Estimation jar lessons are one of those activities that can be organized many different ways. Plus you can teach a variety of skills with a jar. Who knew a jar could be so useful in the classroom?

I found this jar at Target today for $3.68. It is a gallon size Ball Mason Jar. It almost Easter, so I bought some plastic eggs and egg-shaped gum balls. They are colorful and add seasonal fun to any lesson.

If you want to add measurement to the lesson, bring in other sized jars such as pint and quart size jars. One day put the same number of gum balls in each of the jars. Of course, the smaller jar will look fuller. Will students estimate a larger number if the jar looks fuller?

An estimation jar lesson is a one that can be taught a variety of ways. These are more Common Core standards that can be used with this activity. I included a few of the ways that I’ve used with my classes in the packet.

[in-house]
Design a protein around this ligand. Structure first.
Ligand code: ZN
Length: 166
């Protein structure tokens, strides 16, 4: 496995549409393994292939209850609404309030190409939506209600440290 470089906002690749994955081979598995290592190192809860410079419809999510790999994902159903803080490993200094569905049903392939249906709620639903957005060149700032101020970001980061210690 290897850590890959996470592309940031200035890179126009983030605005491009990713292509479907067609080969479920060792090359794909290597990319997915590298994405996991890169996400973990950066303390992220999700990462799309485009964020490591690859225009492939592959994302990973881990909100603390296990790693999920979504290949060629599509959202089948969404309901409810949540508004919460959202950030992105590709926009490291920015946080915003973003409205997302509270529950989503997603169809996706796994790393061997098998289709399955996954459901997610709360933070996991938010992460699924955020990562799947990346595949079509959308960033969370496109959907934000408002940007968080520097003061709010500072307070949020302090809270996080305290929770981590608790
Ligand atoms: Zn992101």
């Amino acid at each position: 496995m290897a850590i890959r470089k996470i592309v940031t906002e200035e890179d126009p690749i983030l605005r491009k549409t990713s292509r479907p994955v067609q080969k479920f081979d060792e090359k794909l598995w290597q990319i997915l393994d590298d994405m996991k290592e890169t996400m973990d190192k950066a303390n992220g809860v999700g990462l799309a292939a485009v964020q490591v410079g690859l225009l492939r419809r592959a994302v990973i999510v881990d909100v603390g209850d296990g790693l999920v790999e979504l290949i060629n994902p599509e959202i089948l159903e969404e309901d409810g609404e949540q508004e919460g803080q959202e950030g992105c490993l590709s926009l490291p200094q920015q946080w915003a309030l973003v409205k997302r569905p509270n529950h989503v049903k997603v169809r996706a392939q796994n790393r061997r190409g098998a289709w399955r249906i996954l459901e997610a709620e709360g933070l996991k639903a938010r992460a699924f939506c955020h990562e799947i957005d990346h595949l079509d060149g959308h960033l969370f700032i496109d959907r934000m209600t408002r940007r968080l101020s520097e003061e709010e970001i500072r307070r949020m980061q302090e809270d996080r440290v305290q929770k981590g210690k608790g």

You can incorporate different standards using an estimation jar. I have used the following standards when I had an estimation jar:

Kindergarten

K.CC.1. Count to 100 by ones and by tens.

1st Grade

1.NBT.1. Count to 120, starting at any number less than 120. In this range, read and write numerals and represent a number of objects with a written numeral.

2nd Grade

2.OA.3. Determine whether a group of objects (up to 20) has an odd or even number of

members, e.g., by pairing objects or counting them by 2s; write an equation to express an even number as a sum of two equal addends.

2.OA.4. Use addition to find the total number of objects arranged in rectangular arrays

with up to 5 rows and up to 5 columns; write an equation to express the total as a sum of

equal addends.

3rd Grade

For this C.C. Standard, students will collect data each day about the total amount of

objects in the estimation jar. On Friday, they will complete the graph and answer the

“how many more” and “how many less” questions.

3.MD.3. Draw a scaled picture graph and a scaled bar graph to represent a data set with several categories. Solve one- and two-step “how many more” and “how many less”

problems using information presented in scaled bar graphs. For example, draw a bar graph in which each square in the bar graph might represent 5 pets.